Classical Theism (again) and the Incarnate God

“For the classical theist, what the doctrine of God Incarnate entails is that that which is subsistent being itself, pure actuality, and absolutely simple or non-composite, that in which all things participate but which itself participates in nothing, that which thereby sustains all things in being — that that ‘became flesh and dwelt among us.’ That is a truly astounding claim, so astounding that its critics often accuse it of incoherence. The accusation is false, but those who make it at least show that they understand just how extremely strange and remarkable the claim is — and how radically unlike the ‘incarnations’ of the various pagan deities it is. You can plausibly assimilate the incarnation of the ‘God’ of theistic personalism to those of Horus, Zeus, et al. You cannot so assimilate the Incarnation of the God of classical theism. It is sui generis.”
(Read the entire blog article by Edward Feser.)

Feser’s critique of theistic personalism seems spot on, but I keep wondering how Plantinga or Swinburne might respond. Is there a real difference here or is it just a matter of emphasis or semantics? Dale Tuggy, for example, has no problem stating:

God certainly belongs to a class we can call “Deity,” but that’s not a class that could contain other members. His radical difference is, for one thing, existing a se – not because of anything else. No other thing has that distinction.

What is the difference between saying “God transcends genus and class” and saying “God is the only member, and can only be the only member, of the class ‘Deity'”?

Any thoughts?

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15 Responses to Classical Theism (again) and the Incarnate God

  1. Matthew N. Petersen says:

    Is the class “Deity” created? If so, how can we say God belongs to it? (There may be an interesting claim there about our knowledge, but not about God himself.) If not then either the class is God, or the class is uncreated and God did not create all things.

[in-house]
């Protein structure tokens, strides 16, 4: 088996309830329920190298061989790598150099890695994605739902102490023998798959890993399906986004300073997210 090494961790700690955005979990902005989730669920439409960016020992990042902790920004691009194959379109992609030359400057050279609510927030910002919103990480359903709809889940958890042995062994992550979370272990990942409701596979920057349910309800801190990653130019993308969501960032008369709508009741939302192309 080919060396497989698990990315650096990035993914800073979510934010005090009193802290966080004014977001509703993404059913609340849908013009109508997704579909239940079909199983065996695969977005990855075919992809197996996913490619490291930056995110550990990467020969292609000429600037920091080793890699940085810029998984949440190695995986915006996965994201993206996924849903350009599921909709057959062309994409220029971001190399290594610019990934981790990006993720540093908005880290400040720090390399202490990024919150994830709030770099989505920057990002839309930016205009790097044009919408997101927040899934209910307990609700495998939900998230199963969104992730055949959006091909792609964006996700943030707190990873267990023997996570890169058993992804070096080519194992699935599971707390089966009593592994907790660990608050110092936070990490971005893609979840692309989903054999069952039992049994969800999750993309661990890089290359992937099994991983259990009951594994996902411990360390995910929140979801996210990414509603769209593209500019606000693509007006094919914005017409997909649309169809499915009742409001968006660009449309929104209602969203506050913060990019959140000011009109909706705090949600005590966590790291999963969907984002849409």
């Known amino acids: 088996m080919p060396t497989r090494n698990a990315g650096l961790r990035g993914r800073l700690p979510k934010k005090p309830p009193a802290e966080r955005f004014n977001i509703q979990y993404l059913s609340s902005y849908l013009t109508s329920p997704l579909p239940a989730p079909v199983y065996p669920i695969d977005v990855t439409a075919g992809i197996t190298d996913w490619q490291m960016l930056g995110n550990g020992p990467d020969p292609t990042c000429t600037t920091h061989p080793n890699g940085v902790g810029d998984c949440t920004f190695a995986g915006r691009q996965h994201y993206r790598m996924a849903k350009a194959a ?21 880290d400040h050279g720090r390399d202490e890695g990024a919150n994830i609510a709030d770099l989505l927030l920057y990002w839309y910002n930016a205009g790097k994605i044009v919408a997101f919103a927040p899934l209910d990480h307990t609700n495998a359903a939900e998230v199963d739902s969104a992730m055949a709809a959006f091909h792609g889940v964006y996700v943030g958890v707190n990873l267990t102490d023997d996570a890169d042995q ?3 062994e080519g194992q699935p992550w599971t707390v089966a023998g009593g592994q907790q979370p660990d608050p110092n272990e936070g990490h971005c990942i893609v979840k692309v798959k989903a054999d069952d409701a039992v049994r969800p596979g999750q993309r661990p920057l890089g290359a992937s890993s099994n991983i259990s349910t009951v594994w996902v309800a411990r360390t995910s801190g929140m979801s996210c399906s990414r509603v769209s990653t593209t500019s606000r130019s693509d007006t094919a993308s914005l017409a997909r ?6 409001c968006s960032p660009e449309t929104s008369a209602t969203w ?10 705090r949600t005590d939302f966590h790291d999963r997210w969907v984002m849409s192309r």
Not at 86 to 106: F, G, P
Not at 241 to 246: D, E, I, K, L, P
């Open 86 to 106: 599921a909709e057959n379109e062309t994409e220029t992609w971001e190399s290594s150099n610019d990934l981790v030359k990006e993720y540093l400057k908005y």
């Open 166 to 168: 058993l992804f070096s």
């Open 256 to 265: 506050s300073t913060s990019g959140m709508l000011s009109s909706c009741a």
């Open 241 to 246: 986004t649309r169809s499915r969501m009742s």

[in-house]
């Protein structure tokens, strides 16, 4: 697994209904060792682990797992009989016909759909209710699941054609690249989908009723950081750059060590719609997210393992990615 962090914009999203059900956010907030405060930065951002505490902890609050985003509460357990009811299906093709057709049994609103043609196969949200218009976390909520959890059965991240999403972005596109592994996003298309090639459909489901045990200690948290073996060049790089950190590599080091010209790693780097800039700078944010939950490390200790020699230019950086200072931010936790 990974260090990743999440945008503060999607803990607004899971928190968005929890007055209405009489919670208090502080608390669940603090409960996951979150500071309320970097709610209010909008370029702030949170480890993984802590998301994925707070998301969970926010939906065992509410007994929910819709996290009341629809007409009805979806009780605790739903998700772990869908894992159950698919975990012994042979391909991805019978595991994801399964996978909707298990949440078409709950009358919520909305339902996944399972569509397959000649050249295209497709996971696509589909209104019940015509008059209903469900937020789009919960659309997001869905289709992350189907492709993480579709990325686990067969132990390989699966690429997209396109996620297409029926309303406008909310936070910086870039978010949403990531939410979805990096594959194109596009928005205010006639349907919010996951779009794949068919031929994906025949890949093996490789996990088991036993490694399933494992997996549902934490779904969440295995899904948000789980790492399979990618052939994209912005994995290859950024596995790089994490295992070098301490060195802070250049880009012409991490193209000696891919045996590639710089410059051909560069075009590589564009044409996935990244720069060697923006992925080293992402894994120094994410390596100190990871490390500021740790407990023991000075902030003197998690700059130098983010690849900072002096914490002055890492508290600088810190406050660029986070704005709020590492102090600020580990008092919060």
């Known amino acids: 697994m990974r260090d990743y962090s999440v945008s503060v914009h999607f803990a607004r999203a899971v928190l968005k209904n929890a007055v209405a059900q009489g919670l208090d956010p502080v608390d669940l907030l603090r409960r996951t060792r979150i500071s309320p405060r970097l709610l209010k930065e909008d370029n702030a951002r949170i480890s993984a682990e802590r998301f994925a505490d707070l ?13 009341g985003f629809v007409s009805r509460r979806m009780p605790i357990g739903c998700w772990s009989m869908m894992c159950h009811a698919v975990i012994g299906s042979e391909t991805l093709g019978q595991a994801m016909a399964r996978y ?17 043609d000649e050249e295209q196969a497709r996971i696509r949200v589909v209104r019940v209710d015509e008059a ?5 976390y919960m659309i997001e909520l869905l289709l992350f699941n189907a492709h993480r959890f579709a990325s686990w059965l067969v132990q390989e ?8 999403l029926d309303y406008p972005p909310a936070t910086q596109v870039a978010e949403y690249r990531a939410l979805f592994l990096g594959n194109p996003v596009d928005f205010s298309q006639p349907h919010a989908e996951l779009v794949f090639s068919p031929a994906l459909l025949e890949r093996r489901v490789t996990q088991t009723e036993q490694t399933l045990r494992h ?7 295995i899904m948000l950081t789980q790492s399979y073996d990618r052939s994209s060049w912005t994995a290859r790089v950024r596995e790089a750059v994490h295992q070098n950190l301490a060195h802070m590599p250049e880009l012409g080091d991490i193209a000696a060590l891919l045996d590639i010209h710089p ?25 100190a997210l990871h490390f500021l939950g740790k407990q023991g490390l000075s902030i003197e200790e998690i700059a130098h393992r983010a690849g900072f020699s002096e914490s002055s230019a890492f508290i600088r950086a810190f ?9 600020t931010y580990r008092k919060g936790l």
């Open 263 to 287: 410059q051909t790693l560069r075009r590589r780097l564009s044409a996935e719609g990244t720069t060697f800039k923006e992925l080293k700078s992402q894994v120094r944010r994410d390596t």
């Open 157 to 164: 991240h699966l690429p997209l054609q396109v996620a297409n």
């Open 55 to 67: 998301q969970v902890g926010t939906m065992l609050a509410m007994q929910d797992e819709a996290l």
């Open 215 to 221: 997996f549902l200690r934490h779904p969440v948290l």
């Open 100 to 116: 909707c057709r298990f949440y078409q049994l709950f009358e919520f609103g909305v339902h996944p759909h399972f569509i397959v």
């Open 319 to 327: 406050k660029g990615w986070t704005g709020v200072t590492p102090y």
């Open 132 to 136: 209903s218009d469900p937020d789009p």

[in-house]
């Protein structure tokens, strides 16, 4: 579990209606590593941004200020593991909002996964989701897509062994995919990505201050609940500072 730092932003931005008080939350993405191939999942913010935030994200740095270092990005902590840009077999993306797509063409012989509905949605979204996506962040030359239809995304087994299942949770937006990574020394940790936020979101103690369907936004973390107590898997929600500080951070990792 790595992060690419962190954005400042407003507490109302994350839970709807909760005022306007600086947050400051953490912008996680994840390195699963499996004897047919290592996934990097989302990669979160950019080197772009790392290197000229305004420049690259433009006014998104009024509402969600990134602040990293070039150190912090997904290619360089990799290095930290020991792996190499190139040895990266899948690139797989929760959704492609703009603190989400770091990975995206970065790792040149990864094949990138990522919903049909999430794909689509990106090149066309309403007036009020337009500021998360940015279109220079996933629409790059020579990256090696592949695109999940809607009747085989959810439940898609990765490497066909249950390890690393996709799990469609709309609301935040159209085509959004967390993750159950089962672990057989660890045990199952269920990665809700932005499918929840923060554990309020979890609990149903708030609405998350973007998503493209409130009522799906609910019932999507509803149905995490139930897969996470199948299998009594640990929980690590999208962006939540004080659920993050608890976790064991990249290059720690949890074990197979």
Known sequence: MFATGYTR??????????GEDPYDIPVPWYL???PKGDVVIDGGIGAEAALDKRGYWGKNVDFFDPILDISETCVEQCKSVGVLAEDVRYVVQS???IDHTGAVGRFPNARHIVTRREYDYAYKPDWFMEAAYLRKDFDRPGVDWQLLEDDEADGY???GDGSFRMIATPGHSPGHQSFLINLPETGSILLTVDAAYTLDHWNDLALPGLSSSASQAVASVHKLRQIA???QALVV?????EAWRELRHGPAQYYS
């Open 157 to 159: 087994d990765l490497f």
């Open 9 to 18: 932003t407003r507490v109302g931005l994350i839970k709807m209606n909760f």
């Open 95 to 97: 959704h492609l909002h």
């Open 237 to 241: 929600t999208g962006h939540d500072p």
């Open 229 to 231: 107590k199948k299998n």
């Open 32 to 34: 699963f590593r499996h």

2. AR says:

    Isn’t a class just a special type of description, one that describes the likeness of various things that are said to be “in” the class? So to say that God is in a class by himself (which is the meaning of sui generis) means that he is like nothing else. To say that he transcends class would be to say that he transcends both likeness and unlikeness.

    To tell the truth neither of these things seem to mean anything to me at least without further clarification. In one sense we say that nothing is like God. In another sense we say that man is like God, or at least, in his likeness. And in another sense this is true of all creation if you want to say that every created thing was created after a pre-existing ‘logos’ of that thing in the mind of God. What it could mean to transcend both likeness and unlikeness I really don’t know. Perhaps it means that “likeness” is a relationship that, as we know it, is insufficient to describe the ways in which God causes the things which he creates to approach him. So, it just goes back to the whole “language is insufficient” thing, right?

    What I then wonder about is whether language is insufficient because of limitations in language or because of “indescribability” is somehow a property of the divine nature, as Lossky suggests. Again, we are back to something that doesn’t seem to mean anything. Is theology all about pushing language to the point where it doesn’t mean anything so that the mind forms a concept of divine otherness? Or is this way of speaking properly the poetry of those who have experientially known God and found, not just their language, but their whole mind contained within God and unable to circumscribe him? I really don’t know…


    • Matthew N. Petersen says:

      Even so, God is only completely unique if He belongs to no other class, and the class “Deity” is so unlike other classes that it can only equivocally be called a class.


  3. whitefrozen says:

    I’m going to go ahead and say that Tuggys use of ‘a se’ is an arbitrary cop-out. The comment above is a good criticism – if we persist in operating with the idea that God is a member of a class, then either the class is god, or the class is uncreated.